1 in 2 Smartphones Unprotected, Says Sophos
Article by George Norman
On 03 Feb 2010
The “Security Threat Report: 2010” has just recently been released by Sophos, company that specializes in providing antivirus, anti-spam, spyware removal software, network and internet security, data protection, and computer security solutions. The report talks about various security related topics, but a survey conducted by Sophos in late 2009 on smartphone users caught my eye.

Here is the info the study brought to the light:
  • 26% of survey respondents said their data is encrypted.
  • 24% were not sure if their data is encrypted
  • 50% said their data is not encrypted, thus unprotected should they happen to lose their mobile device (or should it happen to get stolen).

“Next to USB keys, mobile phones, most of which are smartphones, are the items that are most often misplaced, lost or stolen. Almost every organization is hooked on them, whether they are iPhones, BlackBerries, or Windows Mobile. From our pockets, we access confidential email, customer relationship management systems, intranets and all sorts of sensitive documents,” explained Senior Security Advisor with Sophos, Chester Wisniewski. It is thus quite important that data kept on smartphones be protected.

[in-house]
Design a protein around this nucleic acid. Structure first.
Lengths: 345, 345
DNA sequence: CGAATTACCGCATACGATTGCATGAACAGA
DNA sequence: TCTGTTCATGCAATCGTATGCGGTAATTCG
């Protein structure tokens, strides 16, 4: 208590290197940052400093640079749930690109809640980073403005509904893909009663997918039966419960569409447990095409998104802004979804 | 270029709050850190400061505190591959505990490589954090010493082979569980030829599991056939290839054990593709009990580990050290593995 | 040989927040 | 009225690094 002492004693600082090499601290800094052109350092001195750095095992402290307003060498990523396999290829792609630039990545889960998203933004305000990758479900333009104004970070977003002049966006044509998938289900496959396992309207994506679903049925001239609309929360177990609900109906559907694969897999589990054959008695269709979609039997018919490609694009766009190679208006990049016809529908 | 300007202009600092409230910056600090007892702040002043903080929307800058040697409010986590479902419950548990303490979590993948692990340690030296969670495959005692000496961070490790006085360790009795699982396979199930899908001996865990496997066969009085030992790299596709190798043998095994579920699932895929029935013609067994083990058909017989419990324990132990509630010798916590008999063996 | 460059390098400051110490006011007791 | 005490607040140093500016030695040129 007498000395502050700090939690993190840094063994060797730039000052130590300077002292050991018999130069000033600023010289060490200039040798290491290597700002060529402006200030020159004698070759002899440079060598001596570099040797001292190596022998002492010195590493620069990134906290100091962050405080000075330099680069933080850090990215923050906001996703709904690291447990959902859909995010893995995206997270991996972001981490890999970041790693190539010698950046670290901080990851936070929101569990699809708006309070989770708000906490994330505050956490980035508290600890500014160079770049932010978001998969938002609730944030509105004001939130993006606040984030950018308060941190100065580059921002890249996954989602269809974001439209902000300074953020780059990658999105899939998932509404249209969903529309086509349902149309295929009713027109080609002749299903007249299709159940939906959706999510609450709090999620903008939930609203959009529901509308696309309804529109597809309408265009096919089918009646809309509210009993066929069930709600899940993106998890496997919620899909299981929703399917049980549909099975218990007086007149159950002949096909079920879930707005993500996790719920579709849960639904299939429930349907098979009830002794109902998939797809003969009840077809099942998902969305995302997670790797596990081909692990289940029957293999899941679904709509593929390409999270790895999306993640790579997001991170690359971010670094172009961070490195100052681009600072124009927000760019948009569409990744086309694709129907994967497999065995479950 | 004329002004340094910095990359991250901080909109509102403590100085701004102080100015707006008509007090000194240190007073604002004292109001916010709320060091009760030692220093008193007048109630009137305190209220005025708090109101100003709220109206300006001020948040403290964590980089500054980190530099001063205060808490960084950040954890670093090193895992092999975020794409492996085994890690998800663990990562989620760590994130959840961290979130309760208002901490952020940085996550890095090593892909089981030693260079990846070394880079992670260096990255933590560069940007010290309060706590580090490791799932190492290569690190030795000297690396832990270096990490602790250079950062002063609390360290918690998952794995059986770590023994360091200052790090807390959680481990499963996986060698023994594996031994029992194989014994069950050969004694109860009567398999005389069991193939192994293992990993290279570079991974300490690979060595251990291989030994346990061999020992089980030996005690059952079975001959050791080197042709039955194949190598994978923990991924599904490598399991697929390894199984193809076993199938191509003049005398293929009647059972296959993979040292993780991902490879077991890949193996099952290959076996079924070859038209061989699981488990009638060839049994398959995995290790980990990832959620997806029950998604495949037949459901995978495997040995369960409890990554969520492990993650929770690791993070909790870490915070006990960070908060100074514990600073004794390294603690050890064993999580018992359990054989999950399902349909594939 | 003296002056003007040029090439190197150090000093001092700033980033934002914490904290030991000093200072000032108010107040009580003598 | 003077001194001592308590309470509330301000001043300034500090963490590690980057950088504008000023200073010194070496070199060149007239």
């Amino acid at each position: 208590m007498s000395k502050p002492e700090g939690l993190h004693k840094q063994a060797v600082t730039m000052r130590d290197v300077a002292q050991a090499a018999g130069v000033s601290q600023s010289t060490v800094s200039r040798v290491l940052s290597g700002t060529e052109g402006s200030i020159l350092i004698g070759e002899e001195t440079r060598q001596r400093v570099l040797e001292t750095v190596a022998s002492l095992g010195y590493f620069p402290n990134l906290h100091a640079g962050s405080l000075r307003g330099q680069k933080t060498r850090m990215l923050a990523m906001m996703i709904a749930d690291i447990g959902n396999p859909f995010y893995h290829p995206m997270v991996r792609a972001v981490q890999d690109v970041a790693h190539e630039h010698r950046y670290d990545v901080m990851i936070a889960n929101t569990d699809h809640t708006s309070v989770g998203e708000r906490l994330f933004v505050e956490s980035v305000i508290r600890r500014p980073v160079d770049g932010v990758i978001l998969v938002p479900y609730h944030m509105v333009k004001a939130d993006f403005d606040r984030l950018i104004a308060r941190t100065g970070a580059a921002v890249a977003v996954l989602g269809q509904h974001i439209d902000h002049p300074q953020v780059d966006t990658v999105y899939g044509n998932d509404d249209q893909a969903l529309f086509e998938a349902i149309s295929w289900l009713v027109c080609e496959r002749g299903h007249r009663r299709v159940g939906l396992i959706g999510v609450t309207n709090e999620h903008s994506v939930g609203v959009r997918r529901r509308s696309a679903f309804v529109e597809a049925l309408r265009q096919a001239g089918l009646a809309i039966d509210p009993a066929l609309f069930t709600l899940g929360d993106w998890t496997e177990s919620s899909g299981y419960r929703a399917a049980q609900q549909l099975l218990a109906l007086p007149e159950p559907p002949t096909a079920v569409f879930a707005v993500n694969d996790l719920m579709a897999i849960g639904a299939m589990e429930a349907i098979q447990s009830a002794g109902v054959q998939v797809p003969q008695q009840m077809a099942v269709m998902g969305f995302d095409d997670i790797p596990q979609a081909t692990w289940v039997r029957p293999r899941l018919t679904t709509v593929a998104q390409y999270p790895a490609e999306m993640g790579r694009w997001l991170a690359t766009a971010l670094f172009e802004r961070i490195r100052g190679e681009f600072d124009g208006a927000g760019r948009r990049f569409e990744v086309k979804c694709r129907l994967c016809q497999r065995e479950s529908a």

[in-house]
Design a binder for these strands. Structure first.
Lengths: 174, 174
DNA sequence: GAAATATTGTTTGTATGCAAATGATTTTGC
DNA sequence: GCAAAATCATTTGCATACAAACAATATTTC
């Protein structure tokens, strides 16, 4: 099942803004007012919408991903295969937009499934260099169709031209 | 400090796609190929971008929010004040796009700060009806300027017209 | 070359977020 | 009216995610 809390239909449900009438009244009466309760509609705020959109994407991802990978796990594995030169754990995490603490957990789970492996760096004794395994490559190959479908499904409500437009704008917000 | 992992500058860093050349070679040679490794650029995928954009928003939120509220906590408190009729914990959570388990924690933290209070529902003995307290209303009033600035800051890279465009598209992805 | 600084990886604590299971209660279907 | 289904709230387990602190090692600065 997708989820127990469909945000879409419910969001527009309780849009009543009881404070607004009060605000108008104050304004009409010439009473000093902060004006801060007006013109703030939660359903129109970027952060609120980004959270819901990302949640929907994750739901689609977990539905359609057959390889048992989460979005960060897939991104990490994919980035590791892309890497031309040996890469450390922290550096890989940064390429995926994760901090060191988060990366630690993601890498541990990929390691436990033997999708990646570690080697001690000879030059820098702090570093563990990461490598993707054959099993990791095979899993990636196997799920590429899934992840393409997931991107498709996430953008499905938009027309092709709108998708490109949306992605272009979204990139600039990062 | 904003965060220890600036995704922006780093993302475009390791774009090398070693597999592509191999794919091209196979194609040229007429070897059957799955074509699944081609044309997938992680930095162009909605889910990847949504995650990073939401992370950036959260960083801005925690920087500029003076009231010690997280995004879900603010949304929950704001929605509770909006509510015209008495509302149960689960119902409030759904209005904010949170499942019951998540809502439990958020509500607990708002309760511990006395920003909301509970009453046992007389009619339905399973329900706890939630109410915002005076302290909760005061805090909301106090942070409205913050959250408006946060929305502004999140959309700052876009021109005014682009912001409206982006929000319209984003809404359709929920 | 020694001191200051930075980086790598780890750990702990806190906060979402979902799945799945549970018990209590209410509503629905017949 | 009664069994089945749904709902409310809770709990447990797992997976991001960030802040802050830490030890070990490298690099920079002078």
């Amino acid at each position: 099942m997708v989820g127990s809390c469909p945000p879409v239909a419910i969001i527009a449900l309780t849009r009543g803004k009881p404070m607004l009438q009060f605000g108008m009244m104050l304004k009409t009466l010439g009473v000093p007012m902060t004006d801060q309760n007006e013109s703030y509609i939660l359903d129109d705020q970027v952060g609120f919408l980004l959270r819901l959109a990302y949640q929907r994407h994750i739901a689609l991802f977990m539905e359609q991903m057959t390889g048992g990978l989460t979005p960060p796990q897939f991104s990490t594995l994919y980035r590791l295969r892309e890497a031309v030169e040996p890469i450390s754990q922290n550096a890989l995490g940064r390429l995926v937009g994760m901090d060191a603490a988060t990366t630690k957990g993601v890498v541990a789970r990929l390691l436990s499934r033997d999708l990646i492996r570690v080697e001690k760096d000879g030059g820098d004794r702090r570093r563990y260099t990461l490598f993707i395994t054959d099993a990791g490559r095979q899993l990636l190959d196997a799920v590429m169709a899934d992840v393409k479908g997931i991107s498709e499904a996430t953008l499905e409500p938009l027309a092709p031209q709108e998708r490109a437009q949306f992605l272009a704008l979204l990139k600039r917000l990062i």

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One of the most popular smartphones out there is undoubtedly Apple’s iPhone. Now in Apple-land there’s the myth that Macs are not affected by malware as PCs are. The opinion that Apple’s built-in security is impenetrable, is shared by some iPhone users as well. Macs are not impenetrable and neither are iPhones. Take the most recent iPhone OS update, version 3.1.3 – if fixes a grand total of 5 security vulnerabilities, 3 of which could allow for remote code execution. On top of that, jailbreaking the iPhone further reduces the device’s level of security.

"Standard iPhones are sold with a locked-down operating system, allowing only approved software to be installed. However, not all users are content to limit themselves to the capabilities of these locked-down phones, and unlocking, known as jailbreaking, has become a fairly common practice. The dangers of this were brought to the fore in November with the Ikee worm that spread in the wild. Subsequently, more malicious attacks on jailbroken iPhones highlighted the risks posed by unskilled users hacking their devices. Apple continues to notify users that jailbreaking violates the user agreement and engaging in this activity places the user at risk," says Sophos in the security report.



Tags: Sophos, Smartphone, Security, Encryption, Apple, iPhone
About the author: George Norman
George is a news editor.
You can follow him on Google+, Facebook or Twitter

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